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Part IV. Uprooting Root Words > Chapter 19. Common Prefixes - Pg. 43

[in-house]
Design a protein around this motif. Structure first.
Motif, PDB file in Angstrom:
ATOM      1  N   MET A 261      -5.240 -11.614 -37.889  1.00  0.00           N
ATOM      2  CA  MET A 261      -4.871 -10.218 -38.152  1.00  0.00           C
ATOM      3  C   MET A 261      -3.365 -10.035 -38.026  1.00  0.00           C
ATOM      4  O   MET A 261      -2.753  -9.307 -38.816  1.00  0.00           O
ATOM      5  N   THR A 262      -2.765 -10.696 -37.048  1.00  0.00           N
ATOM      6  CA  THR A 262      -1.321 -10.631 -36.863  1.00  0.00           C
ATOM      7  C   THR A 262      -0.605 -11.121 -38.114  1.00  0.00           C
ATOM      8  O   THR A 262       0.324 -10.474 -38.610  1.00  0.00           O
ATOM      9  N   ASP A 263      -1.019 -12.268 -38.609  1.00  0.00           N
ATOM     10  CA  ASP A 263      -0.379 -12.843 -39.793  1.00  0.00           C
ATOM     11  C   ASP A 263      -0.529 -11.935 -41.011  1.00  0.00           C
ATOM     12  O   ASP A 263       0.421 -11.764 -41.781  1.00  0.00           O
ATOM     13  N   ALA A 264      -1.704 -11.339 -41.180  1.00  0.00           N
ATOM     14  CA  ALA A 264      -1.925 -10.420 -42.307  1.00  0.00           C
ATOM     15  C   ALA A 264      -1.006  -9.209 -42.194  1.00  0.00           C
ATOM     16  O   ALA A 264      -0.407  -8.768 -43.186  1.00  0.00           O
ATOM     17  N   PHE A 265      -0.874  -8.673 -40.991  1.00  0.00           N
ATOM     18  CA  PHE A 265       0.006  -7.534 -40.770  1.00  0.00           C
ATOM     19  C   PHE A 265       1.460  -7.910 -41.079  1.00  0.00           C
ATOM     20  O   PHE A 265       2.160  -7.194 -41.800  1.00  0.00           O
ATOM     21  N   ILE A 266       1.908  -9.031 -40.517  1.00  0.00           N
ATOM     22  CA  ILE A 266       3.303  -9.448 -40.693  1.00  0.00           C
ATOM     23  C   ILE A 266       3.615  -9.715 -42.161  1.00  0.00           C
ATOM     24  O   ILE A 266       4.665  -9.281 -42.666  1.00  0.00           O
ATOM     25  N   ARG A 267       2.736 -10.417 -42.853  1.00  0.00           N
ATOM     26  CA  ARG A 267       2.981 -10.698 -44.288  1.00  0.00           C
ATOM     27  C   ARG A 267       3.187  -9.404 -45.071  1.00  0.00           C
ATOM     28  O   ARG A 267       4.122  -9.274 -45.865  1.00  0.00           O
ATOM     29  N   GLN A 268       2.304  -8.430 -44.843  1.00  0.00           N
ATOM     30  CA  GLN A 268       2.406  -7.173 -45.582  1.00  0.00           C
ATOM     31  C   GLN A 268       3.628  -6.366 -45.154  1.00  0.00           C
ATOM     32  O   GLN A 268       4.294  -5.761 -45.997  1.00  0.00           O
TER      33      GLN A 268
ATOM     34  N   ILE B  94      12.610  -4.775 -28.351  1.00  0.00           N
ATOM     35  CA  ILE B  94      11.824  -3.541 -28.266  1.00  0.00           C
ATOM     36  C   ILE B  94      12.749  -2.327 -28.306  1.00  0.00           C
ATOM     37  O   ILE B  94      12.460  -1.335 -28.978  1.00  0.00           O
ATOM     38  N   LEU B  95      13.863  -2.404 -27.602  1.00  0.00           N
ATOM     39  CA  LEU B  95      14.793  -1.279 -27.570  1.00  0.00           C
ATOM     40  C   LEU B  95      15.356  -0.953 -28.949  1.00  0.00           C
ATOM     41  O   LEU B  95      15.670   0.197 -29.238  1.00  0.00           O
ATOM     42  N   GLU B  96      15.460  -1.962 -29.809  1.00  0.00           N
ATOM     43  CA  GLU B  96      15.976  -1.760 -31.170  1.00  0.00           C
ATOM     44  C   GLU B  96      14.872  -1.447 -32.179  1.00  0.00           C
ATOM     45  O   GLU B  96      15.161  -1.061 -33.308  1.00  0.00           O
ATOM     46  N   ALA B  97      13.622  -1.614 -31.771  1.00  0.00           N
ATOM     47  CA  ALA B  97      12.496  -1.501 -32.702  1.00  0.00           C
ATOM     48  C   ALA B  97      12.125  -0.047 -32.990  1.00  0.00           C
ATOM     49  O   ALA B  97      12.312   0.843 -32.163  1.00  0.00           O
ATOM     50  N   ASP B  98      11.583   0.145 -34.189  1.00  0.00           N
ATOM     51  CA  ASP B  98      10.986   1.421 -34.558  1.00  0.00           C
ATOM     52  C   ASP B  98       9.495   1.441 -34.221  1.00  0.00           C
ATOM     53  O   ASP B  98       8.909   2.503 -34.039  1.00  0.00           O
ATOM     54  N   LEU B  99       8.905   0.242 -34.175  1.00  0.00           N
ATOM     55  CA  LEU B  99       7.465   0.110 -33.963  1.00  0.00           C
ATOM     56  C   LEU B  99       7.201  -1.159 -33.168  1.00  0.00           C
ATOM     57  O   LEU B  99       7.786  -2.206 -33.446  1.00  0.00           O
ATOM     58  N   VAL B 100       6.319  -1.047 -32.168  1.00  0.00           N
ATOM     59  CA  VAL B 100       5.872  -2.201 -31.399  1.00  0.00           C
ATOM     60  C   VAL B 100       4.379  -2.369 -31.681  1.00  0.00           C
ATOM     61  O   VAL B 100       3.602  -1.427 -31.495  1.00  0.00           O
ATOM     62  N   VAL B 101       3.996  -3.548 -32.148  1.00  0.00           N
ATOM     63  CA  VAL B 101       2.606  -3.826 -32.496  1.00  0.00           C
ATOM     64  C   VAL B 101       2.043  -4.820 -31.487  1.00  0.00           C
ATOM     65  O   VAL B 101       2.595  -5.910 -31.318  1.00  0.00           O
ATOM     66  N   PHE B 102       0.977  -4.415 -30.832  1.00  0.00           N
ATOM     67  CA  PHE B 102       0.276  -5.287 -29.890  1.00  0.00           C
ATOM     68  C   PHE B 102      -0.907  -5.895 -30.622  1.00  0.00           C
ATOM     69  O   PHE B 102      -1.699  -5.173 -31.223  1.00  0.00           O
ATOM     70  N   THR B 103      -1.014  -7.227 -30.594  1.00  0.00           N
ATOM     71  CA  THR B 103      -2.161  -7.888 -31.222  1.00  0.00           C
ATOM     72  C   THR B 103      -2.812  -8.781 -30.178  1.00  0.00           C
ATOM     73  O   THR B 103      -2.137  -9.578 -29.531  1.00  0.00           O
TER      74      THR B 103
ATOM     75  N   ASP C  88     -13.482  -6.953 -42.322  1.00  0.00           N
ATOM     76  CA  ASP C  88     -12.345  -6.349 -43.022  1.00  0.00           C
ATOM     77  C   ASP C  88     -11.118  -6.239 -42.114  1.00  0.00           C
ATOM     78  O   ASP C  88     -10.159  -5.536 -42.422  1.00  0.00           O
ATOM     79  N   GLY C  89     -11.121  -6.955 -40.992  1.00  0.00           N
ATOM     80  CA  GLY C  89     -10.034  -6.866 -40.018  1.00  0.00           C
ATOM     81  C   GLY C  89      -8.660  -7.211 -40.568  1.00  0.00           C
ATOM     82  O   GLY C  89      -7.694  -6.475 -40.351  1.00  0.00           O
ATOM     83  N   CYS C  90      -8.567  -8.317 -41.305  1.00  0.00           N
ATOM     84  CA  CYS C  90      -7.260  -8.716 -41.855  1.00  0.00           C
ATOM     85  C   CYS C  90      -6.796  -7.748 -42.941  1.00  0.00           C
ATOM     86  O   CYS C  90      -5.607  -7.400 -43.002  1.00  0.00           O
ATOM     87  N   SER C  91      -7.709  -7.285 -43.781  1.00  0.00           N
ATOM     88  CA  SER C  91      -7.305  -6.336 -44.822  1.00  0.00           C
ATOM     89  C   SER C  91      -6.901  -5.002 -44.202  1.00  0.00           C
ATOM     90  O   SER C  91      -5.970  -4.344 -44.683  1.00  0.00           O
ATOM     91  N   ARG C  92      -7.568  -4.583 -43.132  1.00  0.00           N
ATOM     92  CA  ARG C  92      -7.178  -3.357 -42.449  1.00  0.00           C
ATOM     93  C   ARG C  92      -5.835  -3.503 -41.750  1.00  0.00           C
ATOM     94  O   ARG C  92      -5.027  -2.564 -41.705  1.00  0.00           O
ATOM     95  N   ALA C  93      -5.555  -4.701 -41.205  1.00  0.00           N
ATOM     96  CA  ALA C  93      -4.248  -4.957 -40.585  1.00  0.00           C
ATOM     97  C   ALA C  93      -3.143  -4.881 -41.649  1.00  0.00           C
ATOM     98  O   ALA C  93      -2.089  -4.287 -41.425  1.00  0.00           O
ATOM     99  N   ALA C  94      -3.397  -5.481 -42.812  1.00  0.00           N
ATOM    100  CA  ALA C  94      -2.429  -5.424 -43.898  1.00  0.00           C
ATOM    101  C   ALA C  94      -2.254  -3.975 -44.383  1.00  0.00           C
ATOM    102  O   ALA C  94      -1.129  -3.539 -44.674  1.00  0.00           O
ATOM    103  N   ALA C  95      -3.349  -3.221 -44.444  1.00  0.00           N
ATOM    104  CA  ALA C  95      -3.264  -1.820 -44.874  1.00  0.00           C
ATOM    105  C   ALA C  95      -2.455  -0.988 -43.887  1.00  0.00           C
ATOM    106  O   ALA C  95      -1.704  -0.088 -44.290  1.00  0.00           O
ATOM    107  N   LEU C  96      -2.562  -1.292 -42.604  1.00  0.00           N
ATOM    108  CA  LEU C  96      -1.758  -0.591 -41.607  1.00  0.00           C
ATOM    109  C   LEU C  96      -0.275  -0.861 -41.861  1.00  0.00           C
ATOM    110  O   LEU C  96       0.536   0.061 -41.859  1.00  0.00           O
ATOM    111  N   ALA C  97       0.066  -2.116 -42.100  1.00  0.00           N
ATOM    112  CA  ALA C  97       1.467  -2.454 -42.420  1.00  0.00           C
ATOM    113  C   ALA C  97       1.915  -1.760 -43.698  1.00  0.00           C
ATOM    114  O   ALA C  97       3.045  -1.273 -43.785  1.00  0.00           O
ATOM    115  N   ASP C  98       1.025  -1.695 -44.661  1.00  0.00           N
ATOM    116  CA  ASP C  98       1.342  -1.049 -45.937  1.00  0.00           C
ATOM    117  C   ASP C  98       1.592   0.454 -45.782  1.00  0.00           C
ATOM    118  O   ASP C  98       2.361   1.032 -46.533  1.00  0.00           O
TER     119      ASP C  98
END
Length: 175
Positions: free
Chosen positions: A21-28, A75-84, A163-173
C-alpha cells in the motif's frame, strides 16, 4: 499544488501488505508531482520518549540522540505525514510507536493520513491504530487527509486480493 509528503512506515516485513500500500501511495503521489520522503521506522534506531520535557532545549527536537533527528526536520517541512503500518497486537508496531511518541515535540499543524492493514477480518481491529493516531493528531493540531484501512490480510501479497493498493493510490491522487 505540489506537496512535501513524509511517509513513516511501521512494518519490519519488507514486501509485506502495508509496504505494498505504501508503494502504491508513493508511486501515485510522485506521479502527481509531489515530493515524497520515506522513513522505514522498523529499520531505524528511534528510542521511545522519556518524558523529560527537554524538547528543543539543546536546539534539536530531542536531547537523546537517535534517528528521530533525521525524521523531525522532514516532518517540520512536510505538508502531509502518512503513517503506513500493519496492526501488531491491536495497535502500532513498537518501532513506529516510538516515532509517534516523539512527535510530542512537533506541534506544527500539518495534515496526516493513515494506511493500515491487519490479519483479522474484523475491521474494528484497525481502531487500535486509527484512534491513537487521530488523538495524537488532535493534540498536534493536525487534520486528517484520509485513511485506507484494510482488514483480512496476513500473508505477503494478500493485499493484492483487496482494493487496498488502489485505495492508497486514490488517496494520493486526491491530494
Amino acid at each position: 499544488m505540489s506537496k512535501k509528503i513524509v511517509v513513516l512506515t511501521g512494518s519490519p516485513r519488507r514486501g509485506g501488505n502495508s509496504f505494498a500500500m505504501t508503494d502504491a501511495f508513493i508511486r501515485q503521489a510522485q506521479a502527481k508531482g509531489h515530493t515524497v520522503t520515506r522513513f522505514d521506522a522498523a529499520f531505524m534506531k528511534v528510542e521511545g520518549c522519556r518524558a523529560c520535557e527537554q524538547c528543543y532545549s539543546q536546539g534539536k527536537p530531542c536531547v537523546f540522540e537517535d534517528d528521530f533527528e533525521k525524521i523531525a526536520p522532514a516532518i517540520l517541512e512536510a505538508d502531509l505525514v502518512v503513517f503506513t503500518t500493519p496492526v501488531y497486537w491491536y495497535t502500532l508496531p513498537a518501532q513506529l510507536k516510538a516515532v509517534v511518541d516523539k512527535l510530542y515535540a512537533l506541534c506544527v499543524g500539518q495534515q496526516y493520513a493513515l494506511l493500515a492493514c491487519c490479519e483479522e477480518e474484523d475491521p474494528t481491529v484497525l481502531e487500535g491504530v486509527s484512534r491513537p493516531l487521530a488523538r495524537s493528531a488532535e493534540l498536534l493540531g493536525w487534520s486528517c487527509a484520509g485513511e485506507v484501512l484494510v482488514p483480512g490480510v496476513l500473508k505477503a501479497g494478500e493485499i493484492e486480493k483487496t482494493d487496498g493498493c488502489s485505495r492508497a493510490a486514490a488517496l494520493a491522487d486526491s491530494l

43 Chapter 19. Common Prefixes Many prefixes keep their original spellings when attached to root words, but others do not. For easier pronunciation, the spelling of a prefix sometimes changes when it is added to a root: ex- + mit = emit; sub- + fer = suffer; com- + equal = coequal. Some prefixes look alike when they are attached to roots; for example, hyper- and hypo-, ante- and anti- . Be careful because these prefixes do not mean the same thing. Prefix 1. 2. 3. 4. 5. 6. 7. 8. 9. 10. 11. 12. 13. 14. 15. 16. 17. 18. 19. 20. ab- ad- anti- com-, con- de- dis- ex- homo- in-, i- inter- mal- mis- per- post- pre- pro- re- sub- trans- un- Meaning away from, against to, toward against together, with away, down apart, out out same not between bad, evil wrong through after before for, in place of back, again under across not Examples abject, abolish, absent admit, admire, adhere antibiotic, anticlimax, antidote compress, connect, contain devalue, decide, defer dismiss, disarm, disable express, exit, expect Homo sapiens, homogenized indefinite, irresponsible, illegal intermediate, interim malpractice, maladjusted, malice mistake, misplace, mislead, misspell persuade, persecute postpone, posthaste preview, predict, prevent pronoun, project, provide report, react, respond submarine, submit, subside transport, transcend, transcribe uneasy, uncommon, unthinkable Exercise #4 for Practice Using Negative Prefixes In the sentences below, write the correct word in each blank space. Check your answers at the end of the section. Example: To distort something is to bend it out of shape. 1.1. On "Star Trek," when Mr. Spock says something is illogical, he means that it does __________ make sense. not;